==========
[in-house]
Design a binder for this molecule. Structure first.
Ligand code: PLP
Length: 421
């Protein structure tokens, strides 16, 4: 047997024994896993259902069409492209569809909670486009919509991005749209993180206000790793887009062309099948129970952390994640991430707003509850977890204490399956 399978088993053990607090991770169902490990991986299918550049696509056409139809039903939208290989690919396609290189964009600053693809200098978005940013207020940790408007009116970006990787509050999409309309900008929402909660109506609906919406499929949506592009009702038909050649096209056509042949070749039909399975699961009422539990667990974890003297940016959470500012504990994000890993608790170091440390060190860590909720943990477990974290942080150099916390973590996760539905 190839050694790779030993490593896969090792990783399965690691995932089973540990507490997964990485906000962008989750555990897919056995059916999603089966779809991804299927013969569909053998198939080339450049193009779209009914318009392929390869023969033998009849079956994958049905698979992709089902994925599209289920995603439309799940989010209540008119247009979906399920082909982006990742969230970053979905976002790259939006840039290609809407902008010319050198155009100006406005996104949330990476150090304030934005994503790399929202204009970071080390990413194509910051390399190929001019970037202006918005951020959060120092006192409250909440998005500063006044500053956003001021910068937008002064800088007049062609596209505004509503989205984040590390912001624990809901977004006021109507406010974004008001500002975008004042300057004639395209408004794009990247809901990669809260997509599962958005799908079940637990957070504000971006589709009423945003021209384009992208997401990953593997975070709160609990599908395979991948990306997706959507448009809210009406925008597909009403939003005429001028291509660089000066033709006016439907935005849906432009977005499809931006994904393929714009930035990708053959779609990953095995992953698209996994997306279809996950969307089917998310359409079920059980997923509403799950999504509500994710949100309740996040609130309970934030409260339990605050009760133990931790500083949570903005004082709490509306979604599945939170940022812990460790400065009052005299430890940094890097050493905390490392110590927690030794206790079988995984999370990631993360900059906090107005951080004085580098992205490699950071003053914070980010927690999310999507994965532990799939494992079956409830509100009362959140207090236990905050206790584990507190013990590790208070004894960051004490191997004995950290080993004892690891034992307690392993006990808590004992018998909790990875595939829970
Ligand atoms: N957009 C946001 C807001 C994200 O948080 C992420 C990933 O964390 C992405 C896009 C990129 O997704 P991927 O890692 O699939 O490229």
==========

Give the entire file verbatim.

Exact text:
[in-house]
Design a binder for this molecule. Structure first.
Ligand code: PLP
Length: 421
């Protein structure tokens, strides 16, 4: 047997024994896993259902069409492209569809909670486009919509991005749209993180206000790793887009062309099948129970952390994640991430707003509850977890204490399956 399978088993053990607090991770169902490990991986299918550049696509056409139809039903939208290989690919396609290189964009600053693809200098978005940013207020940790408007009116970006990787509050999409309309900008929402909660109506609906919406499929949506592009009702038909050649096209056509042949070749039909399975699961009422539990667990974890003297940016959470500012504990994000890993608790170091440390060190860590909720943990477990974290942080150099916390973590996760539905 190839050694790779030993490593896969090792990783399965690691995932089973540990507490997964990485906000962008989750555990897919056995059916999603089966779809991804299927013969569909053998198939080339450049193009779209009914318009392929390869023969033998009849079956994958049905698979992709089902994925599209289920995603439309799940989010209540008119247009979906399920082909982006990742969230970053979905976002790259939006840039290609809407902008010319050198155009100006406005996104949330990476150090304030934005994503790399929202204009970071080390990413194509910051390399190929001019970037202006918005951020959060120092006192409250909440998005500063006044500053956003001021910068937008002064800088007049062609596209505004509503989205984040590390912001624990809901977004006021109507406010974004008001500002975008004042300057004639395209408004794009990247809901990669809260997509599962958005799908079940637990957070504000971006589709009423945003021209384009992208997401990953593997975070709160609990599908395979991948990306997706959507448009809210009406925008597909009403939003005429001028291509660089000066033709006016439907935005849906432009977005499809931006994904393929714009930035990708053959779609990953095995992953698209996994997306279809996950969307089917998310359409079920059980997923509403799950999504509500994710949100309740996040609130309970934030409260339990605050009760133990931790500083949570903005004082709490509306979604599945939170940022812990460790400065009052005299430890940094890097050493905390490392110590927690030794206790079988995984999370990631993360900059906090107005951080004085580098992205490699950071003053914070980010927690999310999507994965532990799939494992079956409830509100009362959140207090236990905050206790584990507190013990590790208070004894960051004490191997004995950290080993004892690891034992307690392993006990808590004992018998909790990875595939829970
Ligand atoms: N957009 C946001 C807001 C994200 O948080 C992420 C990933 O964390 C992405 C896009 C990129 O997704 P991927 O890692 O699939 O490229």